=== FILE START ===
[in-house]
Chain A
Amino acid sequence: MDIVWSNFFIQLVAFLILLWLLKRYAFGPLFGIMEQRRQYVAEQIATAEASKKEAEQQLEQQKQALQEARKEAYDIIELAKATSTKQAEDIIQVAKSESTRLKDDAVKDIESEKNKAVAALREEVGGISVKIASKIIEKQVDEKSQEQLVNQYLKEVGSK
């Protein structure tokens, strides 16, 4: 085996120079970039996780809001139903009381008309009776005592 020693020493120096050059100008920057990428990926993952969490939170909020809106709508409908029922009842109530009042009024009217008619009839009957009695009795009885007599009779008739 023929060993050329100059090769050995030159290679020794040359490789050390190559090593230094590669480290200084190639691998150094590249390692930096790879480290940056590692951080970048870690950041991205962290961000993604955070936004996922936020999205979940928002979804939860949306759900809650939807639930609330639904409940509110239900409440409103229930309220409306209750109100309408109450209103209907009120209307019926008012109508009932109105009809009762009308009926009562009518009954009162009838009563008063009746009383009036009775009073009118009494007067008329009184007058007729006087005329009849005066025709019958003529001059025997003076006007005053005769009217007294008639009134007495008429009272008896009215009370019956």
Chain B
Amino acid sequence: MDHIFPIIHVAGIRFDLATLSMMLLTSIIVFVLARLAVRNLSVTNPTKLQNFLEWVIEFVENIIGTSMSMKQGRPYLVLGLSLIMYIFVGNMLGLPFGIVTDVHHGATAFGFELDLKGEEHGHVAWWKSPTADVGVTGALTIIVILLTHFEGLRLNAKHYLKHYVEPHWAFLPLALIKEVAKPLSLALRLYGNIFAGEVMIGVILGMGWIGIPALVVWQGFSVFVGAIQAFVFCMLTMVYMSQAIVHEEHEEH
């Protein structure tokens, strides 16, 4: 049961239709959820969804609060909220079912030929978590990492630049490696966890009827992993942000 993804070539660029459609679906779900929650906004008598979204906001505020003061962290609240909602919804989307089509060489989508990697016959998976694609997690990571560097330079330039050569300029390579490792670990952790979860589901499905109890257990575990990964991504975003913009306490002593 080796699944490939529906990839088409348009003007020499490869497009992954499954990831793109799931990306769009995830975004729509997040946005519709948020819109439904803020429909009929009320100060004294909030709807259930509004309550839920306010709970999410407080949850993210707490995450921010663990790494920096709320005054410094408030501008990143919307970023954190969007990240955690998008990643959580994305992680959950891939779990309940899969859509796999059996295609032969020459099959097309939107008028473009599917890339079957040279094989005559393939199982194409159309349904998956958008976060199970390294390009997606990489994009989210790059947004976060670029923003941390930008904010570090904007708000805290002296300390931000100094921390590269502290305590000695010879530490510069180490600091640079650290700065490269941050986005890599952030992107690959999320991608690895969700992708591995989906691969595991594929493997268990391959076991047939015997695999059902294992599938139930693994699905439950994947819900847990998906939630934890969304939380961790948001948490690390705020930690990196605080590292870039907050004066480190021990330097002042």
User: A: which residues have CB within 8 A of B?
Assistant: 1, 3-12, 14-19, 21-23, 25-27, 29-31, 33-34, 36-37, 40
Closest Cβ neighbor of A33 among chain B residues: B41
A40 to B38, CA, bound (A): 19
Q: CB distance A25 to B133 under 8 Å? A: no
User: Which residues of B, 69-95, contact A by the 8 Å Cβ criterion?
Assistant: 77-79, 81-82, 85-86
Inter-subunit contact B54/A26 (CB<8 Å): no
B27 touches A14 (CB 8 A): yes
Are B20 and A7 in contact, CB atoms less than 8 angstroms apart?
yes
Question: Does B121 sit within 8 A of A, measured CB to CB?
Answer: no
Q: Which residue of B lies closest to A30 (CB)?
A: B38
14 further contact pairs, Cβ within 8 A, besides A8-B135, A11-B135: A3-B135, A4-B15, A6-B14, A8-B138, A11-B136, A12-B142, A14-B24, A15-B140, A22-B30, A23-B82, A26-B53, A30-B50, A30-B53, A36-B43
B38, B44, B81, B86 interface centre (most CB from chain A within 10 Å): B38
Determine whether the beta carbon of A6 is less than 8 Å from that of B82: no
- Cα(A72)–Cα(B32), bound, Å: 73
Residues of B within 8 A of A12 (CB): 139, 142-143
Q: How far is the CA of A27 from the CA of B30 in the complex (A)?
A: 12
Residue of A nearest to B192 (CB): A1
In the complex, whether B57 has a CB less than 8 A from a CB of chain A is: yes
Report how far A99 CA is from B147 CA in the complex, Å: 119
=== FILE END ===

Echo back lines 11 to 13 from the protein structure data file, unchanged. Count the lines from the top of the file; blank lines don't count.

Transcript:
A40 to B38, CA, bound (A): 19
Q: CB distance A25 to B133 under 8 Å? A: no
User: Which residues of B, 69-95, contact A by the 8 Å Cβ criterion?